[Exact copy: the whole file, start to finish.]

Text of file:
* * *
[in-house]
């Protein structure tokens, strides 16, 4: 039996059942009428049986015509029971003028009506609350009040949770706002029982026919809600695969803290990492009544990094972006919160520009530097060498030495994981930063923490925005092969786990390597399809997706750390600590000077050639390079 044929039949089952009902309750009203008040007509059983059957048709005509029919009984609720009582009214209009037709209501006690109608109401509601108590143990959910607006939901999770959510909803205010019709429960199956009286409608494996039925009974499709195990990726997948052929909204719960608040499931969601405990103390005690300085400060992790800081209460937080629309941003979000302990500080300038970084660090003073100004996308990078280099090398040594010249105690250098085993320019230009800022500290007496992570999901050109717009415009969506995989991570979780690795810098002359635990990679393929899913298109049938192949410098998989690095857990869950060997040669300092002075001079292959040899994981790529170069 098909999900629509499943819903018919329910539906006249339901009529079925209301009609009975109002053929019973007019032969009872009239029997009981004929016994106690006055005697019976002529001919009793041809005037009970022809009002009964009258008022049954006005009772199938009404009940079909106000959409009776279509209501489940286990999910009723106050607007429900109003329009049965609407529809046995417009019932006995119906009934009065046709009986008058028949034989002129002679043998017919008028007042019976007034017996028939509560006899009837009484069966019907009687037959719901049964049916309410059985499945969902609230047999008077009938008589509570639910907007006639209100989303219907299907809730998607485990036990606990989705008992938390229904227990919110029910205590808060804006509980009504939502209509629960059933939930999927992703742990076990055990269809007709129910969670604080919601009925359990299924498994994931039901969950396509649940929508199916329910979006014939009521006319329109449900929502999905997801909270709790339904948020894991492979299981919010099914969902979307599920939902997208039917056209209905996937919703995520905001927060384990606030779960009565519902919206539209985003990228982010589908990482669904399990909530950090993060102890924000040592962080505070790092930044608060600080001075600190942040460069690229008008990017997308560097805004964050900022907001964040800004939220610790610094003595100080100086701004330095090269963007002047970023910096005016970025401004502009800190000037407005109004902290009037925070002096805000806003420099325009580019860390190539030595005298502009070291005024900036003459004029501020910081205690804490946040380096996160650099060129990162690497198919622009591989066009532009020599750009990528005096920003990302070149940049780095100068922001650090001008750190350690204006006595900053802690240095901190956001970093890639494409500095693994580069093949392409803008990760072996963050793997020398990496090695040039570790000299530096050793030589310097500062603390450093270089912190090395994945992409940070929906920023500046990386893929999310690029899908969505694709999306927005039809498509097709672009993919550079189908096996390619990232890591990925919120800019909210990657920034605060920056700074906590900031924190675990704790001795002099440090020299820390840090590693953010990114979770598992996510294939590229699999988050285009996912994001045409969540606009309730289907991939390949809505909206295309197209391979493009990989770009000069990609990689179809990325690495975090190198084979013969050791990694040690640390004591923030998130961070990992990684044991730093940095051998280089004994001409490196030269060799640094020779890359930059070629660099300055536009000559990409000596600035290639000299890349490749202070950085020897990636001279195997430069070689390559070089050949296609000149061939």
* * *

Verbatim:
[in-house]
């Protein structure tokens, strides 16, 4: 039996059942009428049986015509029971003028009506609350009040949770706002029982026919809600695969803290990492009544990094972006919160520009530097060498030495994981930063923490925005092969786990390597399809997706750390600590000077050639390079 044929039949089952009902309750009203008040007509059983059957048709005509029919009984609720009582009214209009037709209501006690109608109401509601108590143990959910607006939901999770959510909803205010019709429960199956009286409608494996039925009974499709195990990726997948052929909204719960608040499931969601405990103390005690300085400060992790800081209460937080629309941003979000302990500080300038970084660090003073100004996308990078280099090398040594010249105690250098085993320019230009800022500290007496992570999901050109717009415009969506995989991570979780690795810098002359635990990679393929899913298109049938192949410098998989690095857990869950060997040669300092002075001079292959040899994981790529170069 098909999900629509499943819903018919329910539906006249339901009529079925209301009609009975109002053929019973007019032969009872009239029997009981004929016994106690006055005697019976002529001919009793041809005037009970022809009002009964009258008022049954006005009772199938009404009940079909106000959409009776279509209501489940286990999910009723106050607007429900109003329009049965609407529809046995417009019932006995119906009934009065046709009986008058028949034989002129002679043998017919008028007042019976007034017996028939509560006899009837009484069966019907009687037959719901049964049916309410059985499945969902609230047999008077009938008589509570639910907007006639209100989303219907299907809730998607485990036990606990989705008992938390229904227990919110029910205590808060804006509980009504939502209509629960059933939930999927992703742990076990055990269809007709129910969670604080919601009925359990299924498994994931039901969950396509649940929508199916329910979006014939009521006319329109449900929502999905997801909270709790339904948020894991492979299981919010099914969902979307599920939902997208039917056209209905996937919703995520905001927060384990606030779960009565519902919206539209985003990228982010589908990482669904399990909530950090993060102890924000040592962080505070790092930044608060600080001075600190942040460069690229008008990017997308560097805004964050900022907001964040800004939220610790610094003595100080100086701004330095090269963007002047970023910096005016970025401004502009800190000037407005109004902290009037925070002096805000806003420099325009580019860390190539030595005298502009070291005024900036003459004029501020910081205690804490946040380096996160650099060129990162690497198919622009591989066009532009020599750009990528005096920003990302070149940049780095100068922001650090001008750190350690204006006595900053802690240095901190956001970093890639494409500095693994580069093949392409803008990760072996963050793997020398990496090695040039570790000299530096050793030589310097500062603390450093270089912190090395994945992409940070929906920023500046990386893929999310690029899908969505694709999306927005039809498509097709672009993919550079189908096996390619990232890591990925919120800019909210990657920034605060920056700074906590900031924190675990704790001795002099440090020299820390840090590693953010990114979770598992996510294939590229699999988050285009996912994001045409969540606009309730289907991939390949809505909206295309197209391979493009990989770009000069990609990689179809990325690495975090190198084979013969050791990694040690640390004591923030998130961070990992990684044991730093940095051998280089004994001409490196030269060799640094020779890359930059070629660099300055536009000559990409000596600035290639000299890349490749202070950085020897990636001279195997430069070689390559070089050949296609000149061939």